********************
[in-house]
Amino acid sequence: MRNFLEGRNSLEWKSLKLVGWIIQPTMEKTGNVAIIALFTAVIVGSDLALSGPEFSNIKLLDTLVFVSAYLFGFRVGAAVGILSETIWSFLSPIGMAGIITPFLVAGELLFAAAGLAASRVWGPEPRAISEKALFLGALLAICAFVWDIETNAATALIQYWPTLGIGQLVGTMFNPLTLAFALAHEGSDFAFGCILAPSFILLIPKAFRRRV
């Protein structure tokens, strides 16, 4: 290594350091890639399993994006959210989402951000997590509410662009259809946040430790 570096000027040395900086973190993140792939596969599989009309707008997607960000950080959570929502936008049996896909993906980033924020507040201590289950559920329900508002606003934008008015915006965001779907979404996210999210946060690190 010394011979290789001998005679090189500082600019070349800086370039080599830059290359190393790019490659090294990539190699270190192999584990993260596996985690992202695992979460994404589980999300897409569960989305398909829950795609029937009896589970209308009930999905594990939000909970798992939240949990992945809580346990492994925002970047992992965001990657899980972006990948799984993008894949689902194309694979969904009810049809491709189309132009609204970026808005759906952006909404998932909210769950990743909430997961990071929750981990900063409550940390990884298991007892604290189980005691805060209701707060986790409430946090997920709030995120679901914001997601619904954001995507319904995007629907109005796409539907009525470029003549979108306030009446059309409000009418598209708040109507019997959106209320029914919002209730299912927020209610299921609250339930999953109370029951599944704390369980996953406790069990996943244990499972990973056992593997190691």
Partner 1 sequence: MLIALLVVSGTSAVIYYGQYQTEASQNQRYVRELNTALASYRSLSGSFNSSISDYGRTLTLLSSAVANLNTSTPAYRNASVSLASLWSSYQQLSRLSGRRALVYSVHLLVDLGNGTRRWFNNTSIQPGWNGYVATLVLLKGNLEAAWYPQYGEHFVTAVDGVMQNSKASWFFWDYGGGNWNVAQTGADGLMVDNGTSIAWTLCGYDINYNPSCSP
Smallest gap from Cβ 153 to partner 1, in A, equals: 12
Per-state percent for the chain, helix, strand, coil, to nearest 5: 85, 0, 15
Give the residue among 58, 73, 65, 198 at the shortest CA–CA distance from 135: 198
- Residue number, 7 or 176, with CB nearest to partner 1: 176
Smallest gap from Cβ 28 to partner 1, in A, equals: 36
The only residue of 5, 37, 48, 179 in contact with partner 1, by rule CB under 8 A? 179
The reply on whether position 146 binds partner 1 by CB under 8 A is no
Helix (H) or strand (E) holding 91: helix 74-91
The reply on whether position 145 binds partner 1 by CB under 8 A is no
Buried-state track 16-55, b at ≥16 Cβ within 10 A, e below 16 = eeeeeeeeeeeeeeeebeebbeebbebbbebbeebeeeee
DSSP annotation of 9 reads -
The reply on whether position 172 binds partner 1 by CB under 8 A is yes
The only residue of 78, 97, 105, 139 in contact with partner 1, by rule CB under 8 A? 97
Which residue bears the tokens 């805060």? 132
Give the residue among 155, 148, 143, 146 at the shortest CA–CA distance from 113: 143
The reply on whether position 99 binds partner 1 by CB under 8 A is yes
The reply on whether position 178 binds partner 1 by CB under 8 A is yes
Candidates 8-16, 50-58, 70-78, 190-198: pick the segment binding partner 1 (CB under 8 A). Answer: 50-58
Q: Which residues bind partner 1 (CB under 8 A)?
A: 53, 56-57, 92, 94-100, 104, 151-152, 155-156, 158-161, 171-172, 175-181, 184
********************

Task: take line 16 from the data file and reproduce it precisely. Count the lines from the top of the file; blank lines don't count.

The reply on whether position 172 binds partner 1 by CB under 8 A is yes